If you are charging mileage to the agency/client, you can also claim the difference between the agreed amount and the 45p per mile allowance. For example if you are charging 25p per mile you can also claim 15p per mile as non-chargeable mileage. If you are travelling to work as a passenger in a car you are entitled to claim 5p per mile. You can also claim for parking, toll and congestion charges but you may not claim for parking or speeding fines. The cost of travel by public transport can be claimed but you must have a valid receipt or ticket. If you choose to pay extra and travel by first class, you can still claim the full cost of the ticket. A mileage allowance can also be claimed for travel by motorcycle and bicycle at rates of 24p per mile and 20p per mile respectively. The cost of car hire can be claimed as an expense, as well as the mileage covered in it. You would however need to keep all the relevant paperwork to prove the cost was incurred should it be required. Travel to an interview cannot be claimed. The contract must have been secured and started for you to be able to begin claiming expenses. If, however, the contract stipulates that you must attend a training course before the start of the contract, you could claim your travel costs.
  • Secondary Accommodation Costs
    The receipted cost of hotel or bed and breakfast accommodation can be claimed as an expense, if you are living too far away from the client site to travel from home each day. In the same way as first class travel, if you choose to stay in 5 star accommodation, you can still claim the full cost of the bill.
    If you are renting a secondary property, so you are closer to the client's site, you can claim the rental costs as an expense. If you are renting out your primary residence whilst on contract, the rented property isn't a secondary cost and therefore can't be claimed as an expense. You can also claim secondary utility bills from the rented property. The council tax bill, for example is classed as a secondary cost because you would have to pay this on both properties. Your electricity/gas/water bill would only be classed as a secondary cost if your family remains in your primary residence whilst you are staying in the rented property. If your primary residence remains empty whilst you are in the rented property, your gas/electricity/water costs from the rented property wouldn't be classed as secondary costs. Other utility bills such as television license, contents insurance etc cannot be claimed as an expense because it would be your personal choice to spend out on these items. Reasonable contributions for staying with friends or family can be claimed; you can claim £25 per night as a friends and family allowance. You will need to provide your Umbrella Company with the name, address and telephone number of the place where you stayed and the relevant date. You would however be expected to prove you have actually incurred these costs so it is advisable to ask for receipts. Please be aware that your friends or family could potentially be liable for tax on these contributions if HMRC investigate your accounts.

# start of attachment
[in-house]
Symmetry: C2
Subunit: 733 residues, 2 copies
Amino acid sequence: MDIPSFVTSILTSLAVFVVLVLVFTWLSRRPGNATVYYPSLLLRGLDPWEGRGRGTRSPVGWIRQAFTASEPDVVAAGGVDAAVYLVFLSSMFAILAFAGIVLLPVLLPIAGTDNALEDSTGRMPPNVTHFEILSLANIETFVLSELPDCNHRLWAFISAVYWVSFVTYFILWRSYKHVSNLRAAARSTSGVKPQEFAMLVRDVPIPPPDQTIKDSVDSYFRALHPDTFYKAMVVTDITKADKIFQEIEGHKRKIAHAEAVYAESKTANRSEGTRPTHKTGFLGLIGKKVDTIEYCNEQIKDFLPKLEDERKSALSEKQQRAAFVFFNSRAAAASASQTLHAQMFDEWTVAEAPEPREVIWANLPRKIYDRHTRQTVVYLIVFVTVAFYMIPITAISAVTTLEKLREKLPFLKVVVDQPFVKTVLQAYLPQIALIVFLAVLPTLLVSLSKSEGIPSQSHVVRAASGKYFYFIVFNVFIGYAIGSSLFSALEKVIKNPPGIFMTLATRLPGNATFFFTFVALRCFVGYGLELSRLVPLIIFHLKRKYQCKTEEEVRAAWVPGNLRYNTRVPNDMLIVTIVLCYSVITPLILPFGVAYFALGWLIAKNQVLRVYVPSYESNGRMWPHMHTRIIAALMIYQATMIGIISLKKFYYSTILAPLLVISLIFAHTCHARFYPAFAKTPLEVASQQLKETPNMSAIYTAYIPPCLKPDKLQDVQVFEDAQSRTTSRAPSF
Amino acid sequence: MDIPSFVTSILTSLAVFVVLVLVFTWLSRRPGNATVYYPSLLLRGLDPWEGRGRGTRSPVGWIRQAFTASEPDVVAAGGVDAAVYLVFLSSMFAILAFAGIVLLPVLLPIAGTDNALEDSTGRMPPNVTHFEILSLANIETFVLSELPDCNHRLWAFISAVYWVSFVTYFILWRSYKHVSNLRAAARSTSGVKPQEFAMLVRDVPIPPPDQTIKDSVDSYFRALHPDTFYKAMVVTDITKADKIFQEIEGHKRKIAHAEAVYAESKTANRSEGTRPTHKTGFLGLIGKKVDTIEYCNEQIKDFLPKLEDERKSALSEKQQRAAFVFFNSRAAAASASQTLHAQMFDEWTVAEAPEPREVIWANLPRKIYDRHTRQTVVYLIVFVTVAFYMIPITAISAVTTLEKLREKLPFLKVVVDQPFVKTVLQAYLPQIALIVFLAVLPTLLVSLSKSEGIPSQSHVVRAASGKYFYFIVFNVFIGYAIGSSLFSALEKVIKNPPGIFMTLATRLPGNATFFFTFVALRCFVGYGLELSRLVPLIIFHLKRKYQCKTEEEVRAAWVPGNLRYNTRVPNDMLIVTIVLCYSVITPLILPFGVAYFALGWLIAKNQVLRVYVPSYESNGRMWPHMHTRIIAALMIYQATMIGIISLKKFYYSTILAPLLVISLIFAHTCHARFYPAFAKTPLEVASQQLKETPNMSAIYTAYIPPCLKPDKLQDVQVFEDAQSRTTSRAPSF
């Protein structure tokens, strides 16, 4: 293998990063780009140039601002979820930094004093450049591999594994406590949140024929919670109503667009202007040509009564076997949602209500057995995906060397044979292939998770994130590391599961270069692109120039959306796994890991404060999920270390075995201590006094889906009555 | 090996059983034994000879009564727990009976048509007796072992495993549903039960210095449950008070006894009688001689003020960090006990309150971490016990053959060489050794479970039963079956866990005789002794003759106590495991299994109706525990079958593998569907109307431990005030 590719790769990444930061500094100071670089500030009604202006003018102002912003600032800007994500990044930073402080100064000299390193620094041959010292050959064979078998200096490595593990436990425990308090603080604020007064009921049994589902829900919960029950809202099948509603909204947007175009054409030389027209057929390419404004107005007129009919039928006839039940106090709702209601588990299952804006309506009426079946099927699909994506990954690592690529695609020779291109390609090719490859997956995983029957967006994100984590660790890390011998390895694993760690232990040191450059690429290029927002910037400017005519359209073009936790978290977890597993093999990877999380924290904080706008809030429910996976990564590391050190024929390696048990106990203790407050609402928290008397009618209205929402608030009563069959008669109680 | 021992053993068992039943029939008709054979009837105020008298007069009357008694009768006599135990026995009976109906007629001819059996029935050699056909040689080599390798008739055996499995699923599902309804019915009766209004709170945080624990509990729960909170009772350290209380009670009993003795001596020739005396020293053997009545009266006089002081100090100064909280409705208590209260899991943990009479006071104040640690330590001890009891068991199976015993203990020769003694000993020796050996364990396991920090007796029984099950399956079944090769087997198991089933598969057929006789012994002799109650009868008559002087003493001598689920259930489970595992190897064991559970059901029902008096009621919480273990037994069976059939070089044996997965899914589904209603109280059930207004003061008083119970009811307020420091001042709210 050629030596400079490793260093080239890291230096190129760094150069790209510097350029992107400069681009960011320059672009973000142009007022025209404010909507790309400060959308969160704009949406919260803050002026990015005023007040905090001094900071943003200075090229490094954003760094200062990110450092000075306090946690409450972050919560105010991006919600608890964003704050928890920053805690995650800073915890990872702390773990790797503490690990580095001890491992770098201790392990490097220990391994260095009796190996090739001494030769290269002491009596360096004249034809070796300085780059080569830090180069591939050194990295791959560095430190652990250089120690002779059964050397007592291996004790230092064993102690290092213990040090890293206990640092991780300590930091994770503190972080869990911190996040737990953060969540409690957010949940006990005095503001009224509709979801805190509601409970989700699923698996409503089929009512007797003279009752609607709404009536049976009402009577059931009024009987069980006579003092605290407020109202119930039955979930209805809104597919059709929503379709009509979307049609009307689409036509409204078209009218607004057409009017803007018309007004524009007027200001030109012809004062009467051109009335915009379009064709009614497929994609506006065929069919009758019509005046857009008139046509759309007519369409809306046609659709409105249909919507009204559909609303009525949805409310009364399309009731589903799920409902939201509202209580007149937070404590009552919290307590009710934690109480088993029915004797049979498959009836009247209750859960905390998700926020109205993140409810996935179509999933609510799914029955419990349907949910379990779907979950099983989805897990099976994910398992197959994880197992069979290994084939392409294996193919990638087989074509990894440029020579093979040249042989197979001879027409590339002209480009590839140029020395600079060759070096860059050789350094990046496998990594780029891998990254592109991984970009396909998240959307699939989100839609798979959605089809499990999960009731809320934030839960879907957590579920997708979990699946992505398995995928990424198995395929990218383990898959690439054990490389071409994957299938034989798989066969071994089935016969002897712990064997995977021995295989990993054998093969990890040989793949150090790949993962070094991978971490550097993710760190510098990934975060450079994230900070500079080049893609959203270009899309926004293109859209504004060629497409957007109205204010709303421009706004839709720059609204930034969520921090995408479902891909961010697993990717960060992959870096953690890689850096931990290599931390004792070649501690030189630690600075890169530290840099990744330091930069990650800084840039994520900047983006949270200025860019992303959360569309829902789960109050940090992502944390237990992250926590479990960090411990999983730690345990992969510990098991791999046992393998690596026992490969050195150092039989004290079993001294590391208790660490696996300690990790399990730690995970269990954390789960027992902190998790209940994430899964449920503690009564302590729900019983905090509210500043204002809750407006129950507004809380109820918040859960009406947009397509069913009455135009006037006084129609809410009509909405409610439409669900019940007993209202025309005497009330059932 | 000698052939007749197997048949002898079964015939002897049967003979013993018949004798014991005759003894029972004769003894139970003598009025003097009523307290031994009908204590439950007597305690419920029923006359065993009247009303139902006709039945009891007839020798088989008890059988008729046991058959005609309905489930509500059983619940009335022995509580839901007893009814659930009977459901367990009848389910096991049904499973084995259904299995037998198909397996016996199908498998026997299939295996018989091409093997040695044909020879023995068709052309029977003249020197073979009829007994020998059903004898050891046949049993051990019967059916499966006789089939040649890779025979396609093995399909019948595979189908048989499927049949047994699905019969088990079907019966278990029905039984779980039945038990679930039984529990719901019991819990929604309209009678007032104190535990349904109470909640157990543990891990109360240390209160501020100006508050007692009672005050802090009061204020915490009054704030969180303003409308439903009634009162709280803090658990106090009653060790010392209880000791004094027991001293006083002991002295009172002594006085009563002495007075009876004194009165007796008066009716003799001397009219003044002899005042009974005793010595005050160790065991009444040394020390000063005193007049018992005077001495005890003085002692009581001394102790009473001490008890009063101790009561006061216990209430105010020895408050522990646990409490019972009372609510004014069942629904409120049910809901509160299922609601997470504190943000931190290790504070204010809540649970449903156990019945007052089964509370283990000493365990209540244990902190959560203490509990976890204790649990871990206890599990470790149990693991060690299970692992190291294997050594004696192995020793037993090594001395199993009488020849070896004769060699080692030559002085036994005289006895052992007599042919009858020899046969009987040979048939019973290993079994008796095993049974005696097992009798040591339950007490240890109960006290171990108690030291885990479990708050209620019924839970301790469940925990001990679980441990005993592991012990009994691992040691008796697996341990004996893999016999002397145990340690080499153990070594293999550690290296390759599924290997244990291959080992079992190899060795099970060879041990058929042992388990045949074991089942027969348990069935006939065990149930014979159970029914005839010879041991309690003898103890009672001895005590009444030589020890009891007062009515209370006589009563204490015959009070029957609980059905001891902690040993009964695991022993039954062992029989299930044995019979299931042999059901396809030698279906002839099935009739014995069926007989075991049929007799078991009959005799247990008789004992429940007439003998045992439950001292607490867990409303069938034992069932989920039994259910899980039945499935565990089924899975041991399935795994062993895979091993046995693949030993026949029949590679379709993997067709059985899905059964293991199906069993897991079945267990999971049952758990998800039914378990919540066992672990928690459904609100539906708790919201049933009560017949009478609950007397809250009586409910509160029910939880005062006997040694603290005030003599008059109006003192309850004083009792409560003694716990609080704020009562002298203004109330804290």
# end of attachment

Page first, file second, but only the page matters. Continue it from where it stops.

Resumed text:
• Additional meal costs
    The reasonable cost of additional meals incurred in conjunction with an overnight stay at a hotel or B&B bill can be claimed as an expense. If breakfast and/or dinner is not included on the accommodation bill, you can claim the receipted costs for these meals. Meal Costs not relating to an overnight stay at a temporary workplace is not allowable as a tax deductible expense. The 'duality of purpose' argument here is that you are expected to 'eat to live' and not 'eat to work'. These are the accepted amounts HMRC will accept for meal costs during an over night stay:

    • Up to £5 per day if you work more than 5 but less than 7 hours per day (excluding travel time and lunch breaks)


    Up to £9.50 per day if you work more than 7 but less than 10 hours per day (including travel time and excluding lunch breaks)


    Up to £15 per day if you work more than 10 hours per day (including travel time and excluding lunch breaks)

    Receipts for subsistence do need to be kept to support your claim. Please note that you can only claim the exact amount that you have actually incurred on your meal costs, not a round sum of £5, £9.50 or £15 per day. If you are working extended hours e.g. you are contracted for 8 hours per day and circumstances mean that you work for 12 hours, it would not be unreasonable to claim the cost of an evening meal as an expense. However, if you are contracted to work 12 hours per day and work only those hours the cost of meals would not be allowable. If you are staying in rented accommodation, you cannot claim for meal costs. It is HMRC's belief that you can shop, prepare and cook your meal as though you were at home - these are therefore not additional costs and can't be claimed. Entertainment costs cannot be claimed for taking clients or potential clients out to dinner.